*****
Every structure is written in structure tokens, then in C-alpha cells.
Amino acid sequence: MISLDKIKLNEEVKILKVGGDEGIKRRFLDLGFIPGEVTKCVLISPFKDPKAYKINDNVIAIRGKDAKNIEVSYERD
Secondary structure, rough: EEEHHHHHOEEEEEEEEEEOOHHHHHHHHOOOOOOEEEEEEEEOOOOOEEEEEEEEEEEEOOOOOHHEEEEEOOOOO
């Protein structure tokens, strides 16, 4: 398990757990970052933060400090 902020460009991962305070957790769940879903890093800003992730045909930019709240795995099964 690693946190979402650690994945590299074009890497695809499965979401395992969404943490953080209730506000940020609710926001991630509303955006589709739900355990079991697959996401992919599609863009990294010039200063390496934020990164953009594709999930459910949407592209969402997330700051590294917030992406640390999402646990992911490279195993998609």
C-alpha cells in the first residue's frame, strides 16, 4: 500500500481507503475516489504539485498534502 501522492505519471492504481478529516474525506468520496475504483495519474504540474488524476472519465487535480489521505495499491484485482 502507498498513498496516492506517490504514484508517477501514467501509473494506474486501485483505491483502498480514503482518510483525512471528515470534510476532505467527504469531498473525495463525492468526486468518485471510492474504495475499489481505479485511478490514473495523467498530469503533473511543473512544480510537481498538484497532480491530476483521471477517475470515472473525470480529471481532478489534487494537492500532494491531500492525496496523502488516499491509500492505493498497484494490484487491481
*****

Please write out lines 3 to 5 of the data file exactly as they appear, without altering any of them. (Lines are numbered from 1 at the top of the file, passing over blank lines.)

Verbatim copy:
Secondary structure, rough: EEEHHHHHOEEEEEEEEEEOOHHHHHHHHOOOOOOEEEEEEEEOOOOOEEEEEEEEEEEEOOOOOHHEEEEEOOOOO
């Protein structure tokens, strides 16, 4: 398990757990970052933060400090 902020460009991962305070957790769940879903890093800003992730045909930019709240795995099964 690693946190979402650690994945590299074009890497695809499965979401395992969404943490953080209730506000940020609710926001991630509303955006589709739900355990079991697959996401992919599609863009990294010039200063390496934020990164953009594709999930459910949407592209969402997330700051590294917030992406640390999402646990992911490279195993998609």
C-alpha cells in the first residue's frame, strides 16, 4: 500500500481507503475516489504539485498534502 501522492505519471492504481478529516474525506468520496475504483495519474504540474488524476472519465487535480489521505495499491484485482 502507498498513498496516492506517490504514484508517477501514467501509473494506474486501485483505491483502498480514503482518510483525512471528515470534510476532505467527504469531498473525495463525492468526486468518485471510492474504495475499489481505479485511478490514473495523467498530469503533473511543473512544480510537481498538484497532480491530476483521471477517475470515472473525470480529471481532478489534487494537492500532494491531500492525496496523502488516499491509500492505493498497484494490484487491481